TransCanada pipeline segments.
As expected, the House passed a bill approving building of the Keystone XL pipeline Wednesday afternoon. The vote was 270-152. Twenty-nine Democrats voted for it and one Republican voted against. It's the same bill passed 62-36 by Senate and it is headed for a presidential veto. There aren't enough votes in either house to override that veto.
President Obama has previously rejected an attempt to fast-track the northern leg of the pipeline, which would carry tar sands petroleum in the form of diluted bitumen from Alberta to Texas after linking up with the southern leg that is already in operation from Cushing, Oklahoma, to Port Arthur on the Gulf Coast.
Approval of pipelines that cross international boundaries has been handled by the executive branch since the Grant administration. Since 1968, the responsibility for evaluating such projects has been delegated to the State Department. That process is nearly complete and a decision from the administration is expected soon, perhaps by the end of February. But congressional Republicans and some Democrats have sought several times to circumvent the process and ram the project through.
Foes of the pipeline responded as expected to the vote. In a statement, the executive director of 350.org, May Boeve, said:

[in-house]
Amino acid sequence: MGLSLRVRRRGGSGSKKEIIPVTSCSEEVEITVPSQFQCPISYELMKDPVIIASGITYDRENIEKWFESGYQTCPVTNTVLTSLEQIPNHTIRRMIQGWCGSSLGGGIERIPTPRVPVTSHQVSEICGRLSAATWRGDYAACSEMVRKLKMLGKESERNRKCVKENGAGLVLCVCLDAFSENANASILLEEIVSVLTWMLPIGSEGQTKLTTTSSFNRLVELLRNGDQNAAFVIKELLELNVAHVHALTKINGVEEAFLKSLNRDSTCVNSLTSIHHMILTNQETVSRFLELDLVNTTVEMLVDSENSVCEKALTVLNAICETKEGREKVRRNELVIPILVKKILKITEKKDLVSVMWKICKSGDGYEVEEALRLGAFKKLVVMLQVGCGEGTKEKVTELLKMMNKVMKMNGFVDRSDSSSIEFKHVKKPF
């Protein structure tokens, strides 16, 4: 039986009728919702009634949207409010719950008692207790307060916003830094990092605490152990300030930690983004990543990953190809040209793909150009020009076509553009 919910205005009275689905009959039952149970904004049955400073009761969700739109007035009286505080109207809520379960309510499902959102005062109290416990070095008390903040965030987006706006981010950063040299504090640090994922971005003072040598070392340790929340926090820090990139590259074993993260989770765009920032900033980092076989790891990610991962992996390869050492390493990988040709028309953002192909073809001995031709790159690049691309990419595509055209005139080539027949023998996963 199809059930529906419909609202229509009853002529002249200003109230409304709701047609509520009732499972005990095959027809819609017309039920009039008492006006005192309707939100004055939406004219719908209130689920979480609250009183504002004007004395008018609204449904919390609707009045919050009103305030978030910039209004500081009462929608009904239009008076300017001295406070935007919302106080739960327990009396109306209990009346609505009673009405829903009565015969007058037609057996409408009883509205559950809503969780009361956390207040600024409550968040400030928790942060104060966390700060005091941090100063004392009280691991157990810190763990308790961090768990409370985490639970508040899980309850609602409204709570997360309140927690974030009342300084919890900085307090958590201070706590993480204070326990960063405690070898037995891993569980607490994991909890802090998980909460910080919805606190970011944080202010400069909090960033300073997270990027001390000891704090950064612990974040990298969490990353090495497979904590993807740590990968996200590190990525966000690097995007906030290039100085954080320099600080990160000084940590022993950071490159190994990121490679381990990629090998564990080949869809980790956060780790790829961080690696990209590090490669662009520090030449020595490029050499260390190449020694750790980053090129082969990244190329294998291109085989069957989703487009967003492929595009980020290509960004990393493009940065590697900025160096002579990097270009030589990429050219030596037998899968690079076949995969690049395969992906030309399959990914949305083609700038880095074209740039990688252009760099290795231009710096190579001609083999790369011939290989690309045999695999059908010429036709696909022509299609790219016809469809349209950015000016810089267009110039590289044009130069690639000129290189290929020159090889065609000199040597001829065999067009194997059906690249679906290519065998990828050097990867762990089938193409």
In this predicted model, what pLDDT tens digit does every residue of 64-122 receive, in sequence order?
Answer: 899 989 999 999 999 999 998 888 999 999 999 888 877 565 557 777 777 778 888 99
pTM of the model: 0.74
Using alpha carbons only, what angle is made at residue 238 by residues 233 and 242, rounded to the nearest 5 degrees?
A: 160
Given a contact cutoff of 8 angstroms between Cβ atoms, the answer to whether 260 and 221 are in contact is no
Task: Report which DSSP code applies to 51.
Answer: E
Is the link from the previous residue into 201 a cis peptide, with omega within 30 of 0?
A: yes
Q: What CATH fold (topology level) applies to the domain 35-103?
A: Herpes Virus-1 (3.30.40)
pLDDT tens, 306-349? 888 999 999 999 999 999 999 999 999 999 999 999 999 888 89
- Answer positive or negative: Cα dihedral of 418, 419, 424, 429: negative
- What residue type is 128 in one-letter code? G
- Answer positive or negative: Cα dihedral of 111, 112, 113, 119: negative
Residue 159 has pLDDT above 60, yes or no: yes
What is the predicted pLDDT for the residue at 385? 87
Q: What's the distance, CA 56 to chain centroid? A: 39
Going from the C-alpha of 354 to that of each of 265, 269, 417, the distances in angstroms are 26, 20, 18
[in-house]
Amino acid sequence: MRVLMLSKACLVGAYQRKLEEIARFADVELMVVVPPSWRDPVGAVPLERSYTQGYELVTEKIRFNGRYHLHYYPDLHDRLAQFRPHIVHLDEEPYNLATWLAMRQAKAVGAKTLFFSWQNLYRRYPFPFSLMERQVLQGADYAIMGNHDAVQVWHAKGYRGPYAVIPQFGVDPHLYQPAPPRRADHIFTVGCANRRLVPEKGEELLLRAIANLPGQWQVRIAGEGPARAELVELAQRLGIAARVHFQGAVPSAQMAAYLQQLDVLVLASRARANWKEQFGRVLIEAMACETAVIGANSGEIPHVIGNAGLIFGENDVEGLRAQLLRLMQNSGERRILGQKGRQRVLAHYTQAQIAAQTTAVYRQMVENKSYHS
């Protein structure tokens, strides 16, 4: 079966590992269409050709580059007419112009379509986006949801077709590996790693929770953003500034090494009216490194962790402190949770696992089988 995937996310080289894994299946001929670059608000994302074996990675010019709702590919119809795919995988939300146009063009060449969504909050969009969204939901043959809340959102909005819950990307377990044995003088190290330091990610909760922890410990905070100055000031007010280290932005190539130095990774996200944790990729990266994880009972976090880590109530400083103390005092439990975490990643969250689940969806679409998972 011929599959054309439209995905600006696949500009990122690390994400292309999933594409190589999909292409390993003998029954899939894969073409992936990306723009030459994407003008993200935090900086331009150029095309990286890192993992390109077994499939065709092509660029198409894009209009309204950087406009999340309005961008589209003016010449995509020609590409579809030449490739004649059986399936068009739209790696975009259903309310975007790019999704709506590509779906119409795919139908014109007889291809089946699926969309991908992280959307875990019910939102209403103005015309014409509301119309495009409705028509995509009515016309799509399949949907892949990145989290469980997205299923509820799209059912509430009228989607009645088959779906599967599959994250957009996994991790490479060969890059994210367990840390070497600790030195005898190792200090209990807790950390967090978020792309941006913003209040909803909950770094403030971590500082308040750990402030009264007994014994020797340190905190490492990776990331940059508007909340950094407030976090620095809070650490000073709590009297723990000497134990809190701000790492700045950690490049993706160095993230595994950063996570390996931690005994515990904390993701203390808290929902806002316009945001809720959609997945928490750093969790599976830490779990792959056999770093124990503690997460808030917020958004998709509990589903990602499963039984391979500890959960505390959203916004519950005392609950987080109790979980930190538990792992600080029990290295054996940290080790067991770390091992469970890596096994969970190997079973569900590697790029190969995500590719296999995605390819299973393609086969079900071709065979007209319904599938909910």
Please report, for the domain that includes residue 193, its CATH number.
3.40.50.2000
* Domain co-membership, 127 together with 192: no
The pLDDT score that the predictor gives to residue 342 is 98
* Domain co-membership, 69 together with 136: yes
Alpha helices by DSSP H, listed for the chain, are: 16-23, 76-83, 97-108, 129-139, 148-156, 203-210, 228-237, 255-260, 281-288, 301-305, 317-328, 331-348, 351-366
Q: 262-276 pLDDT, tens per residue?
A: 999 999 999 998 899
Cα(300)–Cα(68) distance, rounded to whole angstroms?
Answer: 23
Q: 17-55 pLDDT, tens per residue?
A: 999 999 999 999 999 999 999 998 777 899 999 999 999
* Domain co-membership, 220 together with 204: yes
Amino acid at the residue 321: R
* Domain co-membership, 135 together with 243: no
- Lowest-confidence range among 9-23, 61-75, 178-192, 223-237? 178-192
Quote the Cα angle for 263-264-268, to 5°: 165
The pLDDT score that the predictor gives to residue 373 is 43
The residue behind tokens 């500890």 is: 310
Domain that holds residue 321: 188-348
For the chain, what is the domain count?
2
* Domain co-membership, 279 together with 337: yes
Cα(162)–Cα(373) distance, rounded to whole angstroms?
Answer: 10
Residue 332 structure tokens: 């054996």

“We’re looking forward the President vetoing this love letter to Big Oil. The members of Congress who voted for this bill took on average eight times more money from the fossil fuel industry than those who voted against it. This whole legislative charade has served as a reminder of how dangerous Keystone XL is for our country, communities, and climate. It also seems to have stiffened the President’s spine–he’s never looked more willing to reject the pipeline once and for all.”
Instead of listening to climate deniers Congress, President Obama should heed the advice of the nearly 100 scientists and economists who released a letter earlier today urging the President to reject Keystone XL.
Democrats who voted in favor of superseding the president's authority and building the pipeline: Brad Ashford of Nebraska; Sanford Bishop of Georgia; Robert Brady of Pennsylvania; Cheri Bustos of Illinois; James Clyburn of South Carolina; Jim Cooper of Tennessee, Jim Costa of California; Henry Cuellar of Texas; Michael Doyle of Pennsylvania; Gwen Graham of Florida; Al Green of Texas; Gene Green of Texas; Rubén Hinojosa of Texas; Sheila Jackson Lee of Texas; Daniel Lipiniski of Illinois; David Loebsack of Iowa; Sean Maloney of New York; Patrick Murphy of Florida; Richard Nolan of Minnesota; Norcross of New Jersey; Collin Peterson of Minnesota; Cedric Richmond of Louisiana; Kurt Schrader of Oregon; David Scott of Georgia; Terri Sewell of Alabama; Albio Sires of New Jersey; Marc Veasey of Texas; Filemon Vela of Texas; Tim Walz of Minnesota.